Made homeless by war, Syrians sell furniture to survive

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Fridges and other appliances of displaced Syrian families are stored in a tent to protect them from the elements in a field near a camp for displaced people at the village of Atme, in the northern Idlib province on June 13, 2019. (AFP)
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Displaced Syrian men pack their belongings into a truck as they head to sell them on the outskirts of the Syrian town of Abyan, in the rebel-held western Aleppo province, on June 13, 2019. (AFP)
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For years, Ali sold used furniture and home appliances for a living. But he never thought Syria's war would one day make him homeless and force him to sell his own. (AFP)
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Displaced Syrian men ride with their belongings in a truck as they head to sell them on the outskirts of the Syrian town of Abyan, in the rebel-held western Aleppo province, on June 13, 2019. (AFP)
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A displaced Syrian girl stands behind the belongings of her family in a field near a camp for displaced people at the village of Atme, in the northern Idlib province on June 13, 2019. (AFP)
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A photo taken on June 13, 2019, shows a second-hand store where displaced Syrians (unseen) sell their belongings on the outskirts of the Syrian town of Abyan in the rebel-held western Aleppo province. (AFP)
Updated 25 June 2019

Made homeless by war, Syrians sell furniture to survive

  • The Idlib region is supposed to be protected by a buffer zone deal signed by Russia and rebel backer Turkey in September

ATME, SYRIA: For years, Abu Ali sold used furniture and home appliances for a living. But he never thought Syria’s war would one day make him homeless and force him to sell his own.
His family is one of dozens stranded in olive groves along the Turkish border, who say they have had to sell their basic possessions to ensure survival.
“I sold them to provide food, drink and clothes for my children,” said the father of five, who now houses his family in a tent.
An opposition bastion in Syria’s northwest has come under heavy regime and Russian bombardment since late April, despite a truce deal intended to protect the jihadist-run enclave’s three million inhabitants.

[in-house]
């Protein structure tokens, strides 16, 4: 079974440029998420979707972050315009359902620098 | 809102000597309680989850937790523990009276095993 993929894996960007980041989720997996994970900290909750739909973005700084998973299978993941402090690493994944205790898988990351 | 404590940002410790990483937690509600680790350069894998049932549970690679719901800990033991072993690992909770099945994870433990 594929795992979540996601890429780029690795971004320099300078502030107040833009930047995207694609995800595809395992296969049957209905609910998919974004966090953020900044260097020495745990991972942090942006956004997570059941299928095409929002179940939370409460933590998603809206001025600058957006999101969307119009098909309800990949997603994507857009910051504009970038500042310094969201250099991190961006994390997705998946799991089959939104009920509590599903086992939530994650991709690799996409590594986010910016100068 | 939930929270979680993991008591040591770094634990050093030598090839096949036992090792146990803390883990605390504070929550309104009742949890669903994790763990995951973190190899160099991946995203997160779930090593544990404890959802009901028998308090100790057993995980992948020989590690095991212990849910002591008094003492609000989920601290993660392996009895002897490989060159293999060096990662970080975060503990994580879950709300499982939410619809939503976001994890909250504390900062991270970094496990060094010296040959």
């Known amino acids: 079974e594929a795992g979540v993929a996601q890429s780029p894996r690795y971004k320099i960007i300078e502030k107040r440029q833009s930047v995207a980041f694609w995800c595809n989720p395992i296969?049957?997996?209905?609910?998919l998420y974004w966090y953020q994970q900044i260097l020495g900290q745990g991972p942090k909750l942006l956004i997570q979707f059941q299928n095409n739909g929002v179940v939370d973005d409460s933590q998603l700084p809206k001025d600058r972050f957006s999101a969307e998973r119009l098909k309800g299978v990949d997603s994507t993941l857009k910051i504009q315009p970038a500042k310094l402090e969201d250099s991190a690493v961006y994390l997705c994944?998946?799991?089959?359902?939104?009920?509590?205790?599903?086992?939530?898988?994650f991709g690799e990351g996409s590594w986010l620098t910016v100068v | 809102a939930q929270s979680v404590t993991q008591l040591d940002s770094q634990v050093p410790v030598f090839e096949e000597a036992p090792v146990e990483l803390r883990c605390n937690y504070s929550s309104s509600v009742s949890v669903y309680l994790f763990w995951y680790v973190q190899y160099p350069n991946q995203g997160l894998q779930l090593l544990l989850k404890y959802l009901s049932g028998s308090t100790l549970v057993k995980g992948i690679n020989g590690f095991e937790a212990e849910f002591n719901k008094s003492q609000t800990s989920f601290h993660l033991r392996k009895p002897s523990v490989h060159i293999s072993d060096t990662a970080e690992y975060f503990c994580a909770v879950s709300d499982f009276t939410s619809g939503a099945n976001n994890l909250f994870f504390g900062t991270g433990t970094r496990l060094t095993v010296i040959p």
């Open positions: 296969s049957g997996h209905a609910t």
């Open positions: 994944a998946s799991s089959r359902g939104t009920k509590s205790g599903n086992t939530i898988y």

The spike in violence in and around Idlib province has killed hundreds of civilians, displaced 330,000 more, and sparked fears of one of the worst humanitarian disasters in the eight-year civil war.
Abu Ali, his wife and their children fled their home in southern Idlib in early May, hitting the road north to seek shelter in the relative safety of the olive groves close to the border.
“I used to have a shop to buy and sell used items,” such as fridges and furniture in the village of Maaret Hurma, he told AFP, sitting in the shade of a tree near the border town of Atme.

A few days after fleeing his home village, he hired two trucks for 50,000 Syrian pounds (over $110) to bring “eight fridges, bedroom furnishings, seven washing machines, and several gas stoves” up to the olive grove.
But under the summer sun in the makeshift camp, the merchandise soon plummeted in value.
“I was forced to get rid of it or sell it — even at a very low price,” the 35-year-old said, his chin stubble already greying under a head of thick dark brown hair.
For example, the going price for a fridge originally bought for 25,000 Syrian pounds (more than $55) can be as low as a fifth of that price.
In Atme, some families have stored their fridges and other appliances in a single tent to protect them from the elements.
Outside, a top-loader washing machine sits in the shade of a tree.
Awad Abu Abdu, 35, said he too was forced to part with all his household items for a pittance.
“It was very dear to me. It was all I had accumulated over a lifetime of hard work,” said the former construction worker, who fled the village of Tramla with his wife and six children.
“I sold all our home’s furniture for just 50,000 Syrian pounds,” he said, dressed in a faded grey t-shirt fraying around the collar.